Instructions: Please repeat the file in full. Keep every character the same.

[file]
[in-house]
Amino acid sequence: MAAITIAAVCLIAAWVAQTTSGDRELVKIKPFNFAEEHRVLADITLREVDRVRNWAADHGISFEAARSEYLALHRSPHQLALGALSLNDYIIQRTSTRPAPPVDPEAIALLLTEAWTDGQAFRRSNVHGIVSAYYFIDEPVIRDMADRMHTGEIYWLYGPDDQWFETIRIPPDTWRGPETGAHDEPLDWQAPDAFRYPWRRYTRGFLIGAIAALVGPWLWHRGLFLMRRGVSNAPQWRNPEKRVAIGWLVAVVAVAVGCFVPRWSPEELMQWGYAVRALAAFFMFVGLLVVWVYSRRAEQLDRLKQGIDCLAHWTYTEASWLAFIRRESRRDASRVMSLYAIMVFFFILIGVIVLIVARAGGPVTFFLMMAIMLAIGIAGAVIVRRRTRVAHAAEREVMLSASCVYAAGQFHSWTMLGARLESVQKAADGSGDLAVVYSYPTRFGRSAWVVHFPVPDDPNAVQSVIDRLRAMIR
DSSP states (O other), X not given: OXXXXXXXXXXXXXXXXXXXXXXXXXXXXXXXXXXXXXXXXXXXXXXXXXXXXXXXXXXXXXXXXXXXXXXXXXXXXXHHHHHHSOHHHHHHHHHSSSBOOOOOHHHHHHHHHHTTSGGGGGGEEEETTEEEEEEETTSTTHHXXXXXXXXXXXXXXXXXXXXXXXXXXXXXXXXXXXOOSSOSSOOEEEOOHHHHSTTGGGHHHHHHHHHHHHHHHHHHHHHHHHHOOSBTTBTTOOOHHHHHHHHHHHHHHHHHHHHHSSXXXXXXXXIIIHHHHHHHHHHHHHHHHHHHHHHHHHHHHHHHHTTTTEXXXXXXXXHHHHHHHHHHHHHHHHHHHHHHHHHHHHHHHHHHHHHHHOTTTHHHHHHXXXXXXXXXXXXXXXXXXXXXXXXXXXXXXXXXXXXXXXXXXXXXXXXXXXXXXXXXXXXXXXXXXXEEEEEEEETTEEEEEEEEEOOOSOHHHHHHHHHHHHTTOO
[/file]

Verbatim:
[in-house]
Amino acid sequence: MAAITIAAVCLIAAWVAQTTSGDRELVKIKPFNFAEEHRVLADITLREVDRVRNWAADHGISFEAARSEYLALHRSPHQLALGALSLNDYIIQRTSTRPAPPVDPEAIALLLTEAWTDGQAFRRSNVHGIVSAYYFIDEPVIRDMADRMHTGEIYWLYGPDDQWFETIRIPPDTWRGPETGAHDEPLDWQAPDAFRYPWRRYTRGFLIGAIAALVGPWLWHRGLFLMRRGVSNAPQWRNPEKRVAIGWLVAVVAVAVGCFVPRWSPEELMQWGYAVRALAAFFMFVGLLVVWVYSRRAEQLDRLKQGIDCLAHWTYTEASWLAFIRRESRRDASRVMSLYAIMVFFFILIGVIVLIVARAGGPVTFFLMMAIMLAIGIAGAVIVRRRTRVAHAAEREVMLSASCVYAAGQFHSWTMLGARLESVQKAADGSGDLAVVYSYPTRFGRSAWVVHFPVPDDPNAVQSVIDRLRAMIR
DSSP states (O other), X not given: OXXXXXXXXXXXXXXXXXXXXXXXXXXXXXXXXXXXXXXXXXXXXXXXXXXXXXXXXXXXXXXXXXXXXXXXXXXXXXHHHHHHSOHHHHHHHHHSSSBOOOOOHHHHHHHHHHTTSGGGGGGEEEETTEEEEEEETTSTTHHXXXXXXXXXXXXXXXXXXXXXXXXXXXXXXXXXXXOOSSOSSOOEEEOOHHHHSTTGGGHHHHHHHHHHHHHHHHHHHHHHHHHOOSBTTBTTOOOHHHHHHHHHHHHHHHHHHHHHSSXXXXXXXXIIIHHHHHHHHHHHHHHHHHHHHHHHHHHHHHHHHTTTTEXXXXXXXXHHHHHHHHHHHHHHHHHHHHHHHHHHHHHHHHHHHHHHHOTTTHHHHHHXXXXXXXXXXXXXXXXXXXXXXXXXXXXXXXXXXXXXXXXXXXXXXXXXXXXXXXXXXXXXXXXXXXEEEEEEEETTEEEEEEEEEOOOSOHHHHHHHHHHHHTTOO